Mainland curbs slow output growth to 18pc
Cary Huang in Beijing
Mainland industrial production grew at a slower rate last month as export curbs put the brakes on some factory output, but it was not enough to ease calls for more monetary tightening.
Production expanded 18 per cent year on year from 19.4 per cent in June, according to the National Bureau of Statistics.
Economists said the figure for last month was slightly higher than earlier this year and unlikely to prevent further measures to cool runaway expansion, when put alongside accelerated export growth and decade-high consumer inflation for the month.
Huang Yiping, the chief mainland economist with Citigroup, said the annual growth rate was still higher than the 16 to 17 per cent posted since 2002.
Between January and last month, mainland industrial output rose 18.5 per cent, exceeding the 17.6 per cent gain in the same period last year, the bureau said on its website yesterday.
It rose 17.6 per cent in March and 17.4 per cent in April, then accelerated to 18.1 per cent in May.
Output rose 16.6 per cent last year, 16.4 per cent in 2005, 16.7 per cent in 2004 and 17 per cent in 2003, propelled by a boom in investment, much of it linked to exports.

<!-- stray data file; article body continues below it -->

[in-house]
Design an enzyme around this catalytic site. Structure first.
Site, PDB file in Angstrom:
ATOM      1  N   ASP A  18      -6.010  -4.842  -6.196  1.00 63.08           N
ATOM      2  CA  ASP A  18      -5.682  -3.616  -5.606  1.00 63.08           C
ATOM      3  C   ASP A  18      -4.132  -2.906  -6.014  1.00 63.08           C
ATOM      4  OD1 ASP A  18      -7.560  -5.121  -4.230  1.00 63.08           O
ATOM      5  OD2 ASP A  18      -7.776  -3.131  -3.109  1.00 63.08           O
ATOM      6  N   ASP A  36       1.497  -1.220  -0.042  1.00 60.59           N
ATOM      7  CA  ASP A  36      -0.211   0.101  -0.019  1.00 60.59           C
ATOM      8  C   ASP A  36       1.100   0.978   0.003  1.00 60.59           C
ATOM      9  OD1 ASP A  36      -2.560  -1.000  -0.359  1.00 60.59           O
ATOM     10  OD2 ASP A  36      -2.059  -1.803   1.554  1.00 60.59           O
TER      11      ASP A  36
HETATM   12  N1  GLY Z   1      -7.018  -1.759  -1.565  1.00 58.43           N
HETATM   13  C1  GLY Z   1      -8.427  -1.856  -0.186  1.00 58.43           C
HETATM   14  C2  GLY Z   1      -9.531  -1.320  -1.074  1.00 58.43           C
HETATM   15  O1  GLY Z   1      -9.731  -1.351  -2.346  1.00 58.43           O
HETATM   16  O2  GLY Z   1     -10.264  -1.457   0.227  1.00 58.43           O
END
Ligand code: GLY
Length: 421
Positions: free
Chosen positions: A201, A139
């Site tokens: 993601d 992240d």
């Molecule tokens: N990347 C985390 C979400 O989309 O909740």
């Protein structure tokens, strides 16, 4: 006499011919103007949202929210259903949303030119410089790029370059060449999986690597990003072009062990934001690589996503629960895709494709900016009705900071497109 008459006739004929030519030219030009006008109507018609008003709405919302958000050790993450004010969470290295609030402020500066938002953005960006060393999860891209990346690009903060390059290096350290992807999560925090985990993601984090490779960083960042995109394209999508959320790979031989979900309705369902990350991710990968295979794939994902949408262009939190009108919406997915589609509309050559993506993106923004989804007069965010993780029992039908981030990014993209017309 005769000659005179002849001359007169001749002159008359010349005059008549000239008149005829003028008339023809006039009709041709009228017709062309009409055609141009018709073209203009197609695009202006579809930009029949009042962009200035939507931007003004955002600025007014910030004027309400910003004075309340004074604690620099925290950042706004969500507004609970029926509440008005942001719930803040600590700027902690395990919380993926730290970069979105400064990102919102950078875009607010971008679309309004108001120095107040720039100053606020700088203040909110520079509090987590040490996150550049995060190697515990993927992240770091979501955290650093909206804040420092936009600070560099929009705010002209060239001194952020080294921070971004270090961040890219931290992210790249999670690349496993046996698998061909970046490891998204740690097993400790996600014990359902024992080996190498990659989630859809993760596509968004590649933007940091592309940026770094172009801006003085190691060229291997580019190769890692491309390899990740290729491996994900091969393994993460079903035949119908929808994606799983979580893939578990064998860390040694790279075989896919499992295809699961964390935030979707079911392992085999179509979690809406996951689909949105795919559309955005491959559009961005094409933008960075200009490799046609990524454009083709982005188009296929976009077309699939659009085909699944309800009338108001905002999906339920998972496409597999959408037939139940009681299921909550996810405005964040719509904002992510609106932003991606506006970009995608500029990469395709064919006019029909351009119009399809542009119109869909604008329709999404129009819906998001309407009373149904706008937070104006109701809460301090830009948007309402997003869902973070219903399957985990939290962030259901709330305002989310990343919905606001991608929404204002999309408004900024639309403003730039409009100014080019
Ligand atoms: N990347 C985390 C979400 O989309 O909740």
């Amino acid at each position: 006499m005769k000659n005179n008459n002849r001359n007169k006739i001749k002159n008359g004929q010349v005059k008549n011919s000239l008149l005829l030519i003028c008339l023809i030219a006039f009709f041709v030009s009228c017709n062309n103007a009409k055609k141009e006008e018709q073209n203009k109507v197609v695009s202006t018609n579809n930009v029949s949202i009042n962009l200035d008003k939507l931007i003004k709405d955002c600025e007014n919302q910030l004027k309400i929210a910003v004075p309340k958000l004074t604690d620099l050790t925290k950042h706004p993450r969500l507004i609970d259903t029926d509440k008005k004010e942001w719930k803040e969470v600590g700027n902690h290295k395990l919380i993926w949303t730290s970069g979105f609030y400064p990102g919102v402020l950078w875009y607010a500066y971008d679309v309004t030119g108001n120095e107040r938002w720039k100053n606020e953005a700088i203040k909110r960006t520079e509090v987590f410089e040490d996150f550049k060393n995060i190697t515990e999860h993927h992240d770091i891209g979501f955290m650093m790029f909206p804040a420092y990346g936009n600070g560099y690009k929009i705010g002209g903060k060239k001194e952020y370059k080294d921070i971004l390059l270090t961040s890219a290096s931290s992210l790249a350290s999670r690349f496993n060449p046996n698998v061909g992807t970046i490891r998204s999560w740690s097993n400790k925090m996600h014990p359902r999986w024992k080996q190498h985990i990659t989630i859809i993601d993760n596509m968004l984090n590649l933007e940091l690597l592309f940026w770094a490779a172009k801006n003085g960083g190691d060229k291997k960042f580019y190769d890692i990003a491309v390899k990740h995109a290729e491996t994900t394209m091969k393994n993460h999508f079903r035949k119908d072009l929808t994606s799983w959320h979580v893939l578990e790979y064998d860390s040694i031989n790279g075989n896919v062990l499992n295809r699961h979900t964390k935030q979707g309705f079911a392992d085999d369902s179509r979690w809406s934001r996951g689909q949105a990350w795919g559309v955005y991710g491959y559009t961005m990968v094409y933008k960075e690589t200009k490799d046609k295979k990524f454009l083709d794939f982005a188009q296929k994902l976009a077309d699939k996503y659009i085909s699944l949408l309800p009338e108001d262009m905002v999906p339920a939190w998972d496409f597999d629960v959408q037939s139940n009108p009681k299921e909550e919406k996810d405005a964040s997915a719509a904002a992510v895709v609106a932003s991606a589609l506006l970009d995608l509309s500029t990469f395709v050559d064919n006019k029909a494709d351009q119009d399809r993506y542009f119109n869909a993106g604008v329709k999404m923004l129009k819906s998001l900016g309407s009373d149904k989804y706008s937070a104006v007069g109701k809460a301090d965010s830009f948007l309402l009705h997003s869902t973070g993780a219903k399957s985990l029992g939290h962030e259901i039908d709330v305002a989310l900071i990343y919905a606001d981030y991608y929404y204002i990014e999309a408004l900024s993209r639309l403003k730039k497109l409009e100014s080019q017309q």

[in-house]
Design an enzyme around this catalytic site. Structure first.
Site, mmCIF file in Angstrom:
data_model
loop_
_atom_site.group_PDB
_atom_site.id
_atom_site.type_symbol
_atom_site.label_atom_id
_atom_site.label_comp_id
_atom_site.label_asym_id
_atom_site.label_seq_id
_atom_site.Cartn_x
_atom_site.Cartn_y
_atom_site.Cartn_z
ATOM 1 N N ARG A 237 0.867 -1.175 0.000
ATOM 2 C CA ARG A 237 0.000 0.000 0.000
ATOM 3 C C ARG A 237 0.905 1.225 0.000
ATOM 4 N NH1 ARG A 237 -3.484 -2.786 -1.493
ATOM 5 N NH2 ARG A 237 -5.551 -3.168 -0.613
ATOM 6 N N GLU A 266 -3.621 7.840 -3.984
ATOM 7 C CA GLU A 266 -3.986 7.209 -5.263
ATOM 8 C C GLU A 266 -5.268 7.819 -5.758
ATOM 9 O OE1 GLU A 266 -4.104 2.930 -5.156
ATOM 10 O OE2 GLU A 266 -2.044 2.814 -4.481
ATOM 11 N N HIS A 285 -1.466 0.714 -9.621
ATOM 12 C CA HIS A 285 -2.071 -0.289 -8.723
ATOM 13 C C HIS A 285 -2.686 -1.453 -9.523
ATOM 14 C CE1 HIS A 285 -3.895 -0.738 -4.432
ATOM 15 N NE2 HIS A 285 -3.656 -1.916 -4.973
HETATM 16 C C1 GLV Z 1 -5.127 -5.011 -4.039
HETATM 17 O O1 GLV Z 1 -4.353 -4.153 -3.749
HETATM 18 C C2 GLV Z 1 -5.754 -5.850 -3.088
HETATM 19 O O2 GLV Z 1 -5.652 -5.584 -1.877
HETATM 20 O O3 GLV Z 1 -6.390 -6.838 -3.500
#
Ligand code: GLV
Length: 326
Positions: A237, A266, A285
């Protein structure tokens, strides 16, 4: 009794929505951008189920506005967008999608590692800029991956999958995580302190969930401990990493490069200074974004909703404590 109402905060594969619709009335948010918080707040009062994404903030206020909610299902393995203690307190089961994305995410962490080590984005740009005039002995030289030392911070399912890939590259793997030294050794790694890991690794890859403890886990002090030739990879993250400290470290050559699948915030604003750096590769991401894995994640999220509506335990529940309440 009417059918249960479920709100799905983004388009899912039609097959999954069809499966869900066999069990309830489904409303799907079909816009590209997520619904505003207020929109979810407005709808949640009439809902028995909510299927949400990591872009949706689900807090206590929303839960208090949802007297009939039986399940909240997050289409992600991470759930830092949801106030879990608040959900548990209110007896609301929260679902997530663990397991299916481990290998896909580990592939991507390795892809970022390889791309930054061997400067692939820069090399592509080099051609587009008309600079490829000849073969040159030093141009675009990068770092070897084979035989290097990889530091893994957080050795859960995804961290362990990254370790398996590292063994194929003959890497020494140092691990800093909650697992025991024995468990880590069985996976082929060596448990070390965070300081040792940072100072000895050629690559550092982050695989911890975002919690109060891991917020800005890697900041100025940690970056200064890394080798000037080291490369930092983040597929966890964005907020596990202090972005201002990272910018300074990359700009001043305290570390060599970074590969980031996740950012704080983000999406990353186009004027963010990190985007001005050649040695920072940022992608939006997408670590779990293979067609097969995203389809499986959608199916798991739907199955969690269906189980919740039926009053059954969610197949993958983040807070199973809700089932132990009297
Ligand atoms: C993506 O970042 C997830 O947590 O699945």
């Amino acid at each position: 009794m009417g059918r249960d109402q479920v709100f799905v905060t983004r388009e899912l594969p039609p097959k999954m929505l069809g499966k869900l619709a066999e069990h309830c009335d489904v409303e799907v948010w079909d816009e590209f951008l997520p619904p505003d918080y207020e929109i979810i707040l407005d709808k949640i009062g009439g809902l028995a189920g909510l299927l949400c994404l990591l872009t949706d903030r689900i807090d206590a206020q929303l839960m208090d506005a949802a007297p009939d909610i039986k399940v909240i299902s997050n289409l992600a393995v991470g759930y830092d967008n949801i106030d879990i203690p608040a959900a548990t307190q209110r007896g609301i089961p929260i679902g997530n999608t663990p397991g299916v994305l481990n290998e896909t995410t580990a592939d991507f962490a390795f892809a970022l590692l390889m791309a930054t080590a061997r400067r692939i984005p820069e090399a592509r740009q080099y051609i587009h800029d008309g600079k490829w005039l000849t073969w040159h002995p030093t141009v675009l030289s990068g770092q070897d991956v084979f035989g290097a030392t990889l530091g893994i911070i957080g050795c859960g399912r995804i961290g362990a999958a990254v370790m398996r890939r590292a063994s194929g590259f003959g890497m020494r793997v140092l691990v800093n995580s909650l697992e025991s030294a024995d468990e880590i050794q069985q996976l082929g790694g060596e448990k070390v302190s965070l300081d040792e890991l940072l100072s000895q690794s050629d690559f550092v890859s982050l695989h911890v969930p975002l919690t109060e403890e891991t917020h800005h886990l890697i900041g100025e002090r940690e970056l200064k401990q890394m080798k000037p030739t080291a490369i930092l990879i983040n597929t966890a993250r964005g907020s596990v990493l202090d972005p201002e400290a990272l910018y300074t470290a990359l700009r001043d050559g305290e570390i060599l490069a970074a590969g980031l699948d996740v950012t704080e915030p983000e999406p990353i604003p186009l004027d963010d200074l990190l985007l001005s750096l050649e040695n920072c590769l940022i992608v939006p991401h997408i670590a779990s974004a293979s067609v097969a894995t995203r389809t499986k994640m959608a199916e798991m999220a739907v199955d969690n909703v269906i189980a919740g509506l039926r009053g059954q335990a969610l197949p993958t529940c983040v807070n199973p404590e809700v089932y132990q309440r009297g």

Moderating growth last month might have resulted from firms shipping abroad goods before cuts in export-tax rebates.
The mainland ended or cut tax rebates from July 1 on almost 3,000 export products to reduce its trade surplus and discourage production of low-value, energy-intensive goods.
'We continue to expect further tightening of monetary policies and implementation of other measures to slow growth momentum,' Mr Huang said.
Jing Ulrich, the chairman of China equities at JP Morgan Securities, said the data for last month still suggested strong demand for mainland goods.
'It is pretty evident demand for China's manufactured goods remains strong - just look at the recent export sales numbers, as well as retail sales within China,' Mrs Ulrich said.
The trade surplus hit US$24.36 billion last month, the second-highest after June's record US$26.9 billion.